This past weekend, my younger sister attended the wedding of her 22 year-old friends. While the couple joined in matrimony had been together for five years or so, I couldn’t help but think: why now?
I know there are pressures from friends and family. I’ve experienced them personally. My boyfriend’s family was recently bombarding him with questions about rings, “popping the question,” and the sort. We’ve been together for almost eight years and I suppose they think that is “long enough” and wonder what he’s waiting for. But why does marriage have to be the next step? And why do we have to take that step sooner rather than later? Is marrying someone the only way to validate our relationship?
People seem to believe that after a certain number of years spent dating the logical next step is marriage. But when the people in question are 21, 22 or 23 years old, they’re still very young. Just because they’ve found someone that they’ve enjoyed for years (so far) does not mean they’re ready to settle down, ready to give themselves to someone for eternity.
Admittedly – at this point – I can’t imagine finding someone more compatible, loving or perfect than my current partner. And yes, we’ve been together for eight years. At the end of the day, however, I am still a young person with much more to do, see and learn.
Who’s to say that in the next year or five or fifty-five years, our hopes, dreams and desires will correlate with those of our current partners? As people in our early/mid twenties, there is a slew of things that could pose as obstacles for us.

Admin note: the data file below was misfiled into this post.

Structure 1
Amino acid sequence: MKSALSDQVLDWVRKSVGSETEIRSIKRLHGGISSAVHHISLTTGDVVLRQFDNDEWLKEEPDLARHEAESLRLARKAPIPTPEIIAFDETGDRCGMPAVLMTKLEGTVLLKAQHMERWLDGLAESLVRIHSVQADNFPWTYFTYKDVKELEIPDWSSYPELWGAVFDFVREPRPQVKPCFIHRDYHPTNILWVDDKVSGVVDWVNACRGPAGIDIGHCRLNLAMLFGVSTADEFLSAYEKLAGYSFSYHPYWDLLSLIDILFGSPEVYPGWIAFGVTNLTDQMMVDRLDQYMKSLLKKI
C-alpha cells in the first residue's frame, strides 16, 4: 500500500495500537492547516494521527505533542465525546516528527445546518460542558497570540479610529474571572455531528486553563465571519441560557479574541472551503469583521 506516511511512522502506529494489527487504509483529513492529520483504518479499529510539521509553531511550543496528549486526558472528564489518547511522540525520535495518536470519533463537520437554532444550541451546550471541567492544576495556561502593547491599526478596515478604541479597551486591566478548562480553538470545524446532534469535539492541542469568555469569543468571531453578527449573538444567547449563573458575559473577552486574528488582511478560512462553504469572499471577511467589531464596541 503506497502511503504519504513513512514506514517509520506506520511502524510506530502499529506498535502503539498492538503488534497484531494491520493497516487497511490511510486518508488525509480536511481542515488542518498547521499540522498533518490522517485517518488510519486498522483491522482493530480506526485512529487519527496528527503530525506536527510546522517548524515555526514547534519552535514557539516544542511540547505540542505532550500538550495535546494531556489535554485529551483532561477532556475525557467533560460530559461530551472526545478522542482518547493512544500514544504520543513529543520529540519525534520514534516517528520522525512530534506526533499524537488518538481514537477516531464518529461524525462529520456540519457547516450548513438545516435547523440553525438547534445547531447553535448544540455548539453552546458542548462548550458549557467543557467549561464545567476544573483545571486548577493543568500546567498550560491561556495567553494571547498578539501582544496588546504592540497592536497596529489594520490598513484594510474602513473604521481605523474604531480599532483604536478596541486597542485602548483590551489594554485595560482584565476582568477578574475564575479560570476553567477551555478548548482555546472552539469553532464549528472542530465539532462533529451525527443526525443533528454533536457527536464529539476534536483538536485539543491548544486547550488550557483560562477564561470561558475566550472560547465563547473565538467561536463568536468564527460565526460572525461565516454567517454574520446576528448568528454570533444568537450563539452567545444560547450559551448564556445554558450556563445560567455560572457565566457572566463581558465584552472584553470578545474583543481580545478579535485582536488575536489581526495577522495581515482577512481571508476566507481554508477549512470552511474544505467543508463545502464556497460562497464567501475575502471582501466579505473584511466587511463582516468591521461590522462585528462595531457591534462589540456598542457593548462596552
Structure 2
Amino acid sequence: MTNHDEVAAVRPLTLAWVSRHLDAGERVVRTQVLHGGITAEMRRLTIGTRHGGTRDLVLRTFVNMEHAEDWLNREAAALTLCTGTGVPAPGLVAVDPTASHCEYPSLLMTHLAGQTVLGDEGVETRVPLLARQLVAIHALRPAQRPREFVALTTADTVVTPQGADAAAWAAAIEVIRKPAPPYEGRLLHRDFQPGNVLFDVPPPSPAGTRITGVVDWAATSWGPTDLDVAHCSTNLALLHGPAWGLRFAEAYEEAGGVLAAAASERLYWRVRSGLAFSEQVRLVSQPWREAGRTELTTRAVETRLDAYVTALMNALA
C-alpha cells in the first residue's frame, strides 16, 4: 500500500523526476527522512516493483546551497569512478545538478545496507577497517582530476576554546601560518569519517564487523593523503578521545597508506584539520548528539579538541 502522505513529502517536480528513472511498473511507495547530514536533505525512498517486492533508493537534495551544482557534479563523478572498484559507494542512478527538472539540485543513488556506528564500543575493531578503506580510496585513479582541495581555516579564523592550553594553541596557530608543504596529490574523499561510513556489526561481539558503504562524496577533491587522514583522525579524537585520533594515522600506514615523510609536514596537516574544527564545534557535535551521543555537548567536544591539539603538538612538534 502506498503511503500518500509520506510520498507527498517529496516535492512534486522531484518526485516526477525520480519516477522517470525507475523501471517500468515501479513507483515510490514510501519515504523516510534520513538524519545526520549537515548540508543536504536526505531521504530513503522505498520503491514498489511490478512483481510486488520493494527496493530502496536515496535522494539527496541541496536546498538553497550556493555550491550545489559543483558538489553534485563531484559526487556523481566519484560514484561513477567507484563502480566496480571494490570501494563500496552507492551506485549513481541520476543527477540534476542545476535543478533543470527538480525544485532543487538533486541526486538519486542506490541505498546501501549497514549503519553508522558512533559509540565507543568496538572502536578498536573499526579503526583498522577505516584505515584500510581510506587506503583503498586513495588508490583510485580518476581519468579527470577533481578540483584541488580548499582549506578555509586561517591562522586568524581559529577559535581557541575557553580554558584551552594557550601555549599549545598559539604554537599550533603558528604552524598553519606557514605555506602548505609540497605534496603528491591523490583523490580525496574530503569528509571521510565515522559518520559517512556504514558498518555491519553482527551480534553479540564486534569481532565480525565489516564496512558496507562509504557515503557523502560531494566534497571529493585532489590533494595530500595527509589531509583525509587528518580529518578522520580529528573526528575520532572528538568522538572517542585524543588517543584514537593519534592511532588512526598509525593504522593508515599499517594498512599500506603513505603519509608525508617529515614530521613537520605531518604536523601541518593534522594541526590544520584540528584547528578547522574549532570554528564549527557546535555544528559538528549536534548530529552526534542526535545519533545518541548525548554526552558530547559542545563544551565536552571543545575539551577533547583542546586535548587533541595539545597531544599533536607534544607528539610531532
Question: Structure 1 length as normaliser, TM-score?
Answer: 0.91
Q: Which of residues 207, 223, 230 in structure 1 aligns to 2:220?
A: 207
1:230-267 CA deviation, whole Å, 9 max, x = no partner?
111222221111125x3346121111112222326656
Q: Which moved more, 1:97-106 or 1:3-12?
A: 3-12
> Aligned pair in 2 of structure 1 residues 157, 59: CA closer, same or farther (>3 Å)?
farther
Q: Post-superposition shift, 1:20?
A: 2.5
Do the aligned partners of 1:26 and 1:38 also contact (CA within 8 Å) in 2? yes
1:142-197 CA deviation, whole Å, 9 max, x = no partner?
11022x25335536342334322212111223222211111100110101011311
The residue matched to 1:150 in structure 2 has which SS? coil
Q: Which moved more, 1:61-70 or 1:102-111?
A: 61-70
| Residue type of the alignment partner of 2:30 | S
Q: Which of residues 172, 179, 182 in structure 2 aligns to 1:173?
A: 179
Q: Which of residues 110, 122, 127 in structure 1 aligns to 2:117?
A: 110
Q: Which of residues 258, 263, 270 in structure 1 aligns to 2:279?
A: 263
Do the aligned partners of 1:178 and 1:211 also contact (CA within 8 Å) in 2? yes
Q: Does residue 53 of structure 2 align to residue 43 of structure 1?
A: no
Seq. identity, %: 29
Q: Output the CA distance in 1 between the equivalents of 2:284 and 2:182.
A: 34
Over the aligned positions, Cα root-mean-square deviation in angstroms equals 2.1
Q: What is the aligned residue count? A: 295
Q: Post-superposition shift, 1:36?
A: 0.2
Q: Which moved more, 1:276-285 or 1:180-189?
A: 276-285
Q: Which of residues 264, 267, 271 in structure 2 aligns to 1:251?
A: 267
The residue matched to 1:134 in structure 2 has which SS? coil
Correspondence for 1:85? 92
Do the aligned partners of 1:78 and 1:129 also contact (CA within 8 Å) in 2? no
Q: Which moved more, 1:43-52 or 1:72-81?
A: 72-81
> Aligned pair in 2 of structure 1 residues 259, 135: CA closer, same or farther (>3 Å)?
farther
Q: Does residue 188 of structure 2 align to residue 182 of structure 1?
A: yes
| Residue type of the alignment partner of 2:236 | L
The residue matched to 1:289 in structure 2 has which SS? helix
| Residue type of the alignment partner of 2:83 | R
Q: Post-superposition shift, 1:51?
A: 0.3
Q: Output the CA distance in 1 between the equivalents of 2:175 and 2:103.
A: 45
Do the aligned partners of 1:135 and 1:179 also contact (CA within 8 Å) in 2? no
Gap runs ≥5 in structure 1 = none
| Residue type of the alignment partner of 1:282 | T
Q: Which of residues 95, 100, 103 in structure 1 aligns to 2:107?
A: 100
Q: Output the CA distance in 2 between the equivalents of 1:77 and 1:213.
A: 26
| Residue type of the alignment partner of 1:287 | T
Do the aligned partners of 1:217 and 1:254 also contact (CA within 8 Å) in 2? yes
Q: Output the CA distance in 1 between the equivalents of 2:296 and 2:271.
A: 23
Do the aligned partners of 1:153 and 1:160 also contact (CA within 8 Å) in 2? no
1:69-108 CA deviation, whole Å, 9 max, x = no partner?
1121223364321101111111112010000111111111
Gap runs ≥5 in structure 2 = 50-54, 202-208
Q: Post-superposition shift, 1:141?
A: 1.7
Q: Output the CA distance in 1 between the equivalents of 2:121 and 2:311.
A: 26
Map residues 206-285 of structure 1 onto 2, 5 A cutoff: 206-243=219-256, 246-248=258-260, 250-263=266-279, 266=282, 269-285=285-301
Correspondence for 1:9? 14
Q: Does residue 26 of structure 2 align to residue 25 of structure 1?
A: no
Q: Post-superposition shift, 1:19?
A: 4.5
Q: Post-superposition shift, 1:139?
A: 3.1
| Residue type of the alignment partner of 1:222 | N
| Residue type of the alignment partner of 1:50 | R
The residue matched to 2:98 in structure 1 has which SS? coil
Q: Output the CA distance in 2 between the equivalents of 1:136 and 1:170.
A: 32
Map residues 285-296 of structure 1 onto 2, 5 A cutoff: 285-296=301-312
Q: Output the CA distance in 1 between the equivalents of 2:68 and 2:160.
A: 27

Say, for example, my dream job became available on the other side of the country. Is he, my professional, has-his-own-goals boyfriend supposed to drop everything to follow me? Not only does such a sacrifice (which is more of an obligation to married couples than those legally unattached) introduce resentment to the bond, but it also forces at least one party to live an existence riddled in “what ifs.”
What’s more, a relationship like mine – one without a license – is not worth less than one shared by husband and a wife. Unmarried partners can still live together, laugh together, travel together, even make babies together – if so desired.
It’s the togetherness, the bond that counts. Two people can certainly nourish a relationship adequately without bringing new labels upon themselves. Two people can love, appreciate and continue to grow together without paying the state for a license and a shared last name.
I don’t have a problem with marriage. Eventually, I do see myself exchanging rings and calling someone my husband. I don’t have a problem with young marriage, either, but rather the reasons people find it the “right” or even assumed thing to do.
It’s important for people to know that you don’t have to be married to be in love. Marriage and love are not the same thing. You don’t have to get married because you’ve been together for a certain number of years. You don’t have to adhere to traditions and expectations ever, but particularly not when dealing with issues pertaining to love and relationships. Each and every bond shared between lovers is unique, and should be treated as such.
Don’t slip a ring onto to someone’s finger (or say “Yes!”) just because you think it’s what others want from you, or what you “should” do. Do it because you want to, because you truly feel the one you’re with will stand behind you in anything (and vice-versa) regardless of the sacrifices that may accompany that support. Marry someone because, at the end of the day and all your days to come, you really believe nothing else will bring you greater happiness.